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Support for Cabinet dips to 59% in new survey

Public support for the Cabinet of Prime Minister Naoto Kan is at 59 percent, according to a survey by The Yomiuri Shimbun, down five points from the previous survey, while its disapproval rating rose two points to 27 percent.

The survey, conducted over the weekend, also asked participants which party they planned to vote for in the proportional representation segment of the House of Councillors election on July 11. Thirty-one percent picked the Democratic Party of Japan, down from 36 percent in the previous survey--conducted June 8-9, right after the Cabinet's inauguration--while 16 percent said they would vote for the Liberal Democratic Party, up from 13 percent.

Regarding the constituency segment of the election, 34 percent said they will vote for DPJ candidates while 16 percent favored LDP candidates.

The nationwide, telephone-based opinion poll randomly contacted 1,738 eligible voters, with 1,088 people, or 63 percent, giving valid responses.

As for the election result, 44 percent said they wanted the DPJ to win a majority in the upper house, down from 49 percent, while 44 percent said they did not, up from 40 percent.

Sixty-one percent said the resignation of People's New Party lawmaker Shizuka Kamei from the post of state minister in charge of financial services and postal reform would not affect the performance of the current administration.

Fifty percent of respondents said it would be better for the PNP to leave the coalition government, while 28 percent said the party should stay in the coalition.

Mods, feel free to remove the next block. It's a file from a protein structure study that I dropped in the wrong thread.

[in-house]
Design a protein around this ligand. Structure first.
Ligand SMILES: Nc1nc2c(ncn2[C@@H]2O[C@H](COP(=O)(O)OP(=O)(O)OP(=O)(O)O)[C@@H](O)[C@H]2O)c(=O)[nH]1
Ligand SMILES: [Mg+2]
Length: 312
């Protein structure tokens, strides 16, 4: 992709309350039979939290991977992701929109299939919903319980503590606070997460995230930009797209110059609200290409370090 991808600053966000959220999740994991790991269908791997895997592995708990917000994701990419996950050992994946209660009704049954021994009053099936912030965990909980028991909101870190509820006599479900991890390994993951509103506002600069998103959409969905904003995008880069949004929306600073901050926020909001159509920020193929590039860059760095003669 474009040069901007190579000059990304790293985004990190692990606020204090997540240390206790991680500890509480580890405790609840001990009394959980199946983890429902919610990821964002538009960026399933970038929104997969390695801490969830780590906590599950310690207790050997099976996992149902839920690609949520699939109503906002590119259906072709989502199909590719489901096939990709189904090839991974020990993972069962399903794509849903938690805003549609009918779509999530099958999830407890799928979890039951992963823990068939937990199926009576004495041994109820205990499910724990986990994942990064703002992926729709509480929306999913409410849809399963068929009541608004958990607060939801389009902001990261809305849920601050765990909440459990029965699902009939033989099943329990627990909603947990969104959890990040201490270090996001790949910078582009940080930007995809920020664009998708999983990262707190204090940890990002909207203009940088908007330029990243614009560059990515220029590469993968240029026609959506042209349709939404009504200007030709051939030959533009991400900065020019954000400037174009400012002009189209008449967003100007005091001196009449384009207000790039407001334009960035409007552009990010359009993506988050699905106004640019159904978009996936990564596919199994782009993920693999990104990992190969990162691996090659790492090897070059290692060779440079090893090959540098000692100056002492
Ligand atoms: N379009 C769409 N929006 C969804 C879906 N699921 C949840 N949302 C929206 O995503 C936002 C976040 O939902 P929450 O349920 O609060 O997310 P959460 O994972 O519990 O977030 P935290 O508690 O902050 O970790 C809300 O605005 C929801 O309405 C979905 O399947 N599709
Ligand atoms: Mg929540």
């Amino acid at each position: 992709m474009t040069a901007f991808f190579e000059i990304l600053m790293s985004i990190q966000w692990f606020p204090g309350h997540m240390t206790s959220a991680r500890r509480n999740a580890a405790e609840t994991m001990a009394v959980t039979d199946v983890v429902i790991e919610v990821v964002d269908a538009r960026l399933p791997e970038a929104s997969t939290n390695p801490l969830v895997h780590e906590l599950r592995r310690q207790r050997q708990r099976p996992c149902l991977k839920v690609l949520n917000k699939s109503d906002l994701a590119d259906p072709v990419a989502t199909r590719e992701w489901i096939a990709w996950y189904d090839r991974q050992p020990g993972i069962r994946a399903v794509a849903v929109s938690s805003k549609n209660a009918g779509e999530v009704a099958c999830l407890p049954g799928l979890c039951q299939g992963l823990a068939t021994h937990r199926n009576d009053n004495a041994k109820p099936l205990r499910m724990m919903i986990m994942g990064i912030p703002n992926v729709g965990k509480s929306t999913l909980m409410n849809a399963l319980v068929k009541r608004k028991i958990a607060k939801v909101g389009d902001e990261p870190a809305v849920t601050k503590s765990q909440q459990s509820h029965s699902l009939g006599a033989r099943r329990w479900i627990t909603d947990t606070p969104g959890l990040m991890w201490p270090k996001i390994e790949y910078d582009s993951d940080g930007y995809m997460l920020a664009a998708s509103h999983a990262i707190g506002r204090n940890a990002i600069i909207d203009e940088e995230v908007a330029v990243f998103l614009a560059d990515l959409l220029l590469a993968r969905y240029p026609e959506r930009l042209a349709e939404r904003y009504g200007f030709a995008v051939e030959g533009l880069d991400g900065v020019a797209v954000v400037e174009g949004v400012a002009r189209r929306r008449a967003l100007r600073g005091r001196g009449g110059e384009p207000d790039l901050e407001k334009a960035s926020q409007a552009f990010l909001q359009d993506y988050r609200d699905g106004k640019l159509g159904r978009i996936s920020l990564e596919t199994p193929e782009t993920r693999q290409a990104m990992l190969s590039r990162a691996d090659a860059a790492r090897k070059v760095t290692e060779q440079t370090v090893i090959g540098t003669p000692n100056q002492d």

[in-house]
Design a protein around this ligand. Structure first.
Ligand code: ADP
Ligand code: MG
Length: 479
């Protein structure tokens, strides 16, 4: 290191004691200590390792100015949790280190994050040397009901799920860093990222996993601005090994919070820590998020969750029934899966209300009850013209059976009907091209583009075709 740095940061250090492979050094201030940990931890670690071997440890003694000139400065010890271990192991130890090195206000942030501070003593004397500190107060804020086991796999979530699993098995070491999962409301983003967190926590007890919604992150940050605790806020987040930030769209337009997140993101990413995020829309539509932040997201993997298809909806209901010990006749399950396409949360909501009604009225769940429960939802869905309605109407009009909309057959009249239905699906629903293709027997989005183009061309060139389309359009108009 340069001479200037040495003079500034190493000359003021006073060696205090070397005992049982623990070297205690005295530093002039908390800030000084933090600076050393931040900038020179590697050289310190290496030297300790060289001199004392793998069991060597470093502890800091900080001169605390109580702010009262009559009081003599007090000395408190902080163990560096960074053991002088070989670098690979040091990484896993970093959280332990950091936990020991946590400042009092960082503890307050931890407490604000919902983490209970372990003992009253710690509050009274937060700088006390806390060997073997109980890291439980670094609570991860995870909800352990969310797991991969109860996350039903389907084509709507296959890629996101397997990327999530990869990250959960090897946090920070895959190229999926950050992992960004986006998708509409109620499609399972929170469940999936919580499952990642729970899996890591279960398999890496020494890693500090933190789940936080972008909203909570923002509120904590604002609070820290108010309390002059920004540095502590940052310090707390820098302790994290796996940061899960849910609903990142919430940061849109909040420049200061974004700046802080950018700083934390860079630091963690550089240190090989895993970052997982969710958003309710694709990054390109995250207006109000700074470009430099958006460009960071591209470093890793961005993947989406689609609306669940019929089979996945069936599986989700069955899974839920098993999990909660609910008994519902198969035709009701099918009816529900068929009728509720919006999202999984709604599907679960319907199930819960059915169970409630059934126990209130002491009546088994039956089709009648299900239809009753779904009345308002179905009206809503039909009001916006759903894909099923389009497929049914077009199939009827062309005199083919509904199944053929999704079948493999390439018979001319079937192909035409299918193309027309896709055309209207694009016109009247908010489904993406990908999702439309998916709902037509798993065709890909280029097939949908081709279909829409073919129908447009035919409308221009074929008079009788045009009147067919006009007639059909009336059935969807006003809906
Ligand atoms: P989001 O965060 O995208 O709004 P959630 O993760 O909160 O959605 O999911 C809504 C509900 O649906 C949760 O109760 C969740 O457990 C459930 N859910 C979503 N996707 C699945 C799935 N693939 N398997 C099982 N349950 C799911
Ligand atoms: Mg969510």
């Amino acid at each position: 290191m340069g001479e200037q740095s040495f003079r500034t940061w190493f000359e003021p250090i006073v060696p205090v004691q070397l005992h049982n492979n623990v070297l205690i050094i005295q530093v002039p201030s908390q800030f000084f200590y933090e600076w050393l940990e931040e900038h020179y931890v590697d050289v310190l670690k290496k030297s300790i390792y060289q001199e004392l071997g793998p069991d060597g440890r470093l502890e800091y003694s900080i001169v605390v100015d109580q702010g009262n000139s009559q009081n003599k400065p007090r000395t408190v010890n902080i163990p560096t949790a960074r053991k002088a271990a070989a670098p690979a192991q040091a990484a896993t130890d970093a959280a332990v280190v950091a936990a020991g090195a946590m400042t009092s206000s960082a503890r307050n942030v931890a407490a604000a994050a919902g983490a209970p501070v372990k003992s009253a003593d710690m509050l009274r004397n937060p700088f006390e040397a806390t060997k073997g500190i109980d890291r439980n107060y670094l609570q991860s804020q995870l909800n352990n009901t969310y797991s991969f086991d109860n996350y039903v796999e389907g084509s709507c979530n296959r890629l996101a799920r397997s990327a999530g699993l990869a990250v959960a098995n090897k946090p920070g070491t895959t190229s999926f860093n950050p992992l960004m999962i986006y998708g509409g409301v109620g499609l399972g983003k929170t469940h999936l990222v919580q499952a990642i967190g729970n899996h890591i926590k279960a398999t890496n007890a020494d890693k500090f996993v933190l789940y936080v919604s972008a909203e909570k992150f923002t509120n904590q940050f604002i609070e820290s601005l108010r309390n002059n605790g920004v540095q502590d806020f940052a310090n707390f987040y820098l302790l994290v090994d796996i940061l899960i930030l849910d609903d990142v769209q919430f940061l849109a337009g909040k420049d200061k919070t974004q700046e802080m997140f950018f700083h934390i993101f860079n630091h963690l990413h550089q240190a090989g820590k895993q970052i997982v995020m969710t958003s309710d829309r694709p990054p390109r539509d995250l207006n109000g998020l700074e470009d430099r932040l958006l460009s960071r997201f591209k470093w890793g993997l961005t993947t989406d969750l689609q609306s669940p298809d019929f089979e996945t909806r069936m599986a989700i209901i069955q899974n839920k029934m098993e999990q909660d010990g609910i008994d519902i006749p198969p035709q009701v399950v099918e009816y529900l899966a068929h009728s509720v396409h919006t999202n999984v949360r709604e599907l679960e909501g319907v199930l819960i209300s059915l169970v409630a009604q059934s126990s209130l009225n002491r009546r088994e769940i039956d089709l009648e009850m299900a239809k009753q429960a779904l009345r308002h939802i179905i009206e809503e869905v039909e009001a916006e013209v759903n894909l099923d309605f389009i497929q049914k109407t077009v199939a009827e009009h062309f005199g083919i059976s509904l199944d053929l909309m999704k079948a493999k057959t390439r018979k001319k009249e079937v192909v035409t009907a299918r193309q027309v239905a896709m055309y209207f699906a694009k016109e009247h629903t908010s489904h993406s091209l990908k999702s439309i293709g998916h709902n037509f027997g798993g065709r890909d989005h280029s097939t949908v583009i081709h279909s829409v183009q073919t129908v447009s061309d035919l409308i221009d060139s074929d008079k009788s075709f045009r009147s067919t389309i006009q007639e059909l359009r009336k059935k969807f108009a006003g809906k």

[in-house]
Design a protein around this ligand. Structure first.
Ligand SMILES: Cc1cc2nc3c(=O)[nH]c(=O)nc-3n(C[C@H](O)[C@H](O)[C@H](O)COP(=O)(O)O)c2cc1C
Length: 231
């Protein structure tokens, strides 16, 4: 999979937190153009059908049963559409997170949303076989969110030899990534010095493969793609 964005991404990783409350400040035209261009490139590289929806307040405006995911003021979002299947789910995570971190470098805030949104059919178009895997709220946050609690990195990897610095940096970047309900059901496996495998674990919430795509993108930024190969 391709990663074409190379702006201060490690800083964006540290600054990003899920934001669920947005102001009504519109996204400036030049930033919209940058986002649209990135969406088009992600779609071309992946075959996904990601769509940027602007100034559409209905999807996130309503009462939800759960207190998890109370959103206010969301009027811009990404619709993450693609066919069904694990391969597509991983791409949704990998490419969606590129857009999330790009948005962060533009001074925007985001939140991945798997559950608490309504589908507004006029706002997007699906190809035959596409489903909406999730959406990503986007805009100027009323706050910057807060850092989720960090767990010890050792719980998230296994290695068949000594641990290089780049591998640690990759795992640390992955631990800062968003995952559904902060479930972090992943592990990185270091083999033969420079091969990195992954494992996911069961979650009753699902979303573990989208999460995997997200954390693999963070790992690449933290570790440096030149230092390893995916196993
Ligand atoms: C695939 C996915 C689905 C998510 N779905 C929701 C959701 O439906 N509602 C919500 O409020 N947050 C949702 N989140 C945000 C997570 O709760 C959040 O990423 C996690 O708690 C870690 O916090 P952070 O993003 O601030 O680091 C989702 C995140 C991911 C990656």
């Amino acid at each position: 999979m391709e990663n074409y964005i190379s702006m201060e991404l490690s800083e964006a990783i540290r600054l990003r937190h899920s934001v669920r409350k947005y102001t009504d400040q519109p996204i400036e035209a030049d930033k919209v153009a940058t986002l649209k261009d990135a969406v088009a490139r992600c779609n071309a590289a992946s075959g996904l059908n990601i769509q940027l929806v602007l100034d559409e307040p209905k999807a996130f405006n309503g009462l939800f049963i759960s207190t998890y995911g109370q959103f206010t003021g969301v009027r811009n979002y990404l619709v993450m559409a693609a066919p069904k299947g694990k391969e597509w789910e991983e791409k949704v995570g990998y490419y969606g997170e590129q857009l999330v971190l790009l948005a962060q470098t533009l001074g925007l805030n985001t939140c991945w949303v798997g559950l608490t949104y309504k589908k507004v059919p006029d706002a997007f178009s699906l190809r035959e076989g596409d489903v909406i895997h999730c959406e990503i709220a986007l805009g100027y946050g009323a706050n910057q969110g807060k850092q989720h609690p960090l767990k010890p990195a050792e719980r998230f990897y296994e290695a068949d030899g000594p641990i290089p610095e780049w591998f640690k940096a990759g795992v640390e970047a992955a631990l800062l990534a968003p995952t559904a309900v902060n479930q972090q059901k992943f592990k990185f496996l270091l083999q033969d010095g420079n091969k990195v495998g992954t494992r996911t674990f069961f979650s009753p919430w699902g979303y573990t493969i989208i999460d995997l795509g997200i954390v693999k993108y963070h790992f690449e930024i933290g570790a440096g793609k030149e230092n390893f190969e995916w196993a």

When asked about the ideal makeup of the postelection cabinet, 24 percent proposed a new coalition with the DPJ as its core, and 24 percent wanted a political realignment to produce a new framework but did not specify the preferred role of the DPJ. Only 6 percent supported a continuance of the status quo, a coalition between the DPJ and the PNP.

The survey also asked respondents about the controversy surrounding expense claims by Satoshi Arai, state minister in charge of national policy and consumer affairs. Arai's political organization was found to have registered as its office a condominium where an acquaintance of his resides, and claimed office expenses for the property despite not paying rent.

Though Arai has insisted there is no problem, 80 percent said they do not approve of the practice.

By party, the DPJ's support rate was 38 percent, down from 39 percent in the previous survey, while the LDP's support rate was 17 percent, up from 14 percent.

66% back consumption tax hike

The survey showed that 66 percent of respondents believe raising the consumption tax rate is necessary for the reconstruction of public finances and maintenance of the social security system, far outnumbering the 29 percent who do not think so.

Broken down by party allegiance, there was no great difference on the consumption tax hike issue. Seventy percent of DPJ supporters and 72 percent of LDP supporters said raising the consumption tax rate is necessary.

By age, a majority of respondents in all brackets think a higher consumption tax rate is needed. Most support for the proposal came from those in their 50s, with 70 percent in favor, and the least came from those in their 20s, with 56 percent.

By gender, 73 percent of male respondents and 60 percent of female respondents said a higher consumption tax rate is necessary.

(Jun. 15, 2010)
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